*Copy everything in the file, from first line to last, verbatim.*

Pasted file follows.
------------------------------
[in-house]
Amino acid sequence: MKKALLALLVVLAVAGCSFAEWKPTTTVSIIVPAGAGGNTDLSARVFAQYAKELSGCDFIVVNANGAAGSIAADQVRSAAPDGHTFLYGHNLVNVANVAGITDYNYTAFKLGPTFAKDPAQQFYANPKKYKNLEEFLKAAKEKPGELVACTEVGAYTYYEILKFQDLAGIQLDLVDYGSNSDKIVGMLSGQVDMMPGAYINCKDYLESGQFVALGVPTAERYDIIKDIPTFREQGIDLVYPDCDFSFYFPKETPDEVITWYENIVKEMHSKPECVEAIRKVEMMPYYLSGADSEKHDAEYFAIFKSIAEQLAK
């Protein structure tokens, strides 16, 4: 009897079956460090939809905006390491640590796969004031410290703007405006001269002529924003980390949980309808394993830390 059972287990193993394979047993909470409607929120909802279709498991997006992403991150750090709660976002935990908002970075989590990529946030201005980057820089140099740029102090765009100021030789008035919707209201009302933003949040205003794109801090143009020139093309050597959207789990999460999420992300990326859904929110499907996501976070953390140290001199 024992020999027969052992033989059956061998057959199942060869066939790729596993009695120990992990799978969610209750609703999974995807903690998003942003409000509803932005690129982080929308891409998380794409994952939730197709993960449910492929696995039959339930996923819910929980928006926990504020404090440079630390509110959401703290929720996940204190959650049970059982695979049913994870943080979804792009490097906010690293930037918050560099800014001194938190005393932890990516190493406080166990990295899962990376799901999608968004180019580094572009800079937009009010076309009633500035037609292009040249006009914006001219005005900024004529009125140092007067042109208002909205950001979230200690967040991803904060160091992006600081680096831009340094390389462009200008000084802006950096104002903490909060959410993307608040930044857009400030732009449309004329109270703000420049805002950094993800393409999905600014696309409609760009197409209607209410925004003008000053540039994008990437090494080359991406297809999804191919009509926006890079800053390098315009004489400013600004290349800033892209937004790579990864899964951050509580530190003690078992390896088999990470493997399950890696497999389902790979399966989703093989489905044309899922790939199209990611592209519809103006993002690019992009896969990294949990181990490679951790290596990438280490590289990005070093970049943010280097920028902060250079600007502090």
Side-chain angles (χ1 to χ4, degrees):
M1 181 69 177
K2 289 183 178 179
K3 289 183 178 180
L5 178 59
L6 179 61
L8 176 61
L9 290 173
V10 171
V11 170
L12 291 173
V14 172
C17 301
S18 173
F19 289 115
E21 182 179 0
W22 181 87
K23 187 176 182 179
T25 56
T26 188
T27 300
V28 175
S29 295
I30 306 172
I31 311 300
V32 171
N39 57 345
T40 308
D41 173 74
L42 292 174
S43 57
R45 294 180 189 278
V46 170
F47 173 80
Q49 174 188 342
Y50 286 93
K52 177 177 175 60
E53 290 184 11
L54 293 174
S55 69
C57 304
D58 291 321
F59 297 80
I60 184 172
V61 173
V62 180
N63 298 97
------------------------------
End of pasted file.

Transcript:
[in-house]
Amino acid sequence: MKKALLALLVVLAVAGCSFAEWKPTTTVSIIVPAGAGGNTDLSARVFAQYAKELSGCDFIVVNANGAAGSIAADQVRSAAPDGHTFLYGHNLVNVANVAGITDYNYTAFKLGPTFAKDPAQQFYANPKKYKNLEEFLKAAKEKPGELVACTEVGAYTYYEILKFQDLAGIQLDLVDYGSNSDKIVGMLSGQVDMMPGAYINCKDYLESGQFVALGVPTAERYDIIKDIPTFREQGIDLVYPDCDFSFYFPKETPDEVITWYENIVKEMHSKPECVEAIRKVEMMPYYLSGADSEKHDAEYFAIFKSIAEQLAK
């Protein structure tokens, strides 16, 4: 009897079956460090939809905006390491640590796969004031410290703007405006001269002529924003980390949980309808394993830390 059972287990193993394979047993909470409607929120909802279709498991997006992403991150750090709660976002935990908002970075989590990529946030201005980057820089140099740029102090765009100021030789008035919707209201009302933003949040205003794109801090143009020139093309050597959207789990999460999420992300990326859904929110499907996501976070953390140290001199 024992020999027969052992033989059956061998057959199942060869066939790729596993009695120990992990799978969610209750609703999974995807903690998003942003409000509803932005690129982080929308891409998380794409994952939730197709993960449910492929696995039959339930996923819910929980928006926990504020404090440079630390509110959401703290929720996940204190959650049970059982695979049913994870943080979804792009490097906010690293930037918050560099800014001194938190005393932890990516190493406080166990990295899962990376799901999608968004180019580094572009800079937009009010076309009633500035037609292009040249006009914006001219005005900024004529009125140092007067042109208002909205950001979230200690967040991803904060160091992006600081680096831009340094390389462009200008000084802006950096104002903490909060959410993307608040930044857009400030732009449309004329109270703000420049805002950094993800393409999905600014696309409609760009197409209607209410925004003008000053540039994008990437090494080359991406297809999804191919009509926006890079800053390098315009004489400013600004290349800033892209937004790579990864899964951050509580530190003690078992390896088999990470493997399950890696497999389902790979399966989703093989489905044309899922790939199209990611592209519809103006993002690019992009896969990294949990181990490679951790290596990438280490590289990005070093970049943010280097920028902060250079600007502090």
Side-chain angles (χ1 to χ4, degrees):
M1 181 69 177
K2 289 183 178 179
K3 289 183 178 180
L5 178 59
L6 179 61
L8 176 61
L9 290 173
V10 171
V11 170
L12 291 173
V14 172
C17 301
S18 173
F19 289 115
E21 182 179 0
W22 181 87
K23 187 176 182 179
T25 56
T26 188
T27 300
V28 175
S29 295
I30 306 172
I31 311 300
V32 171
N39 57 345
T40 308
D41 173 74
L42 292 174
S43 57
R45 294 180 189 278
V46 170
F47 173 80
Q49 174 188 342
Y50 286 93
K52 177 177 175 60
E53 290 184 11
L54 293 174
S55 69
C57 304
D58 291 321
F59 297 80
I60 184 172
V61 173
V62 180
N63 298 97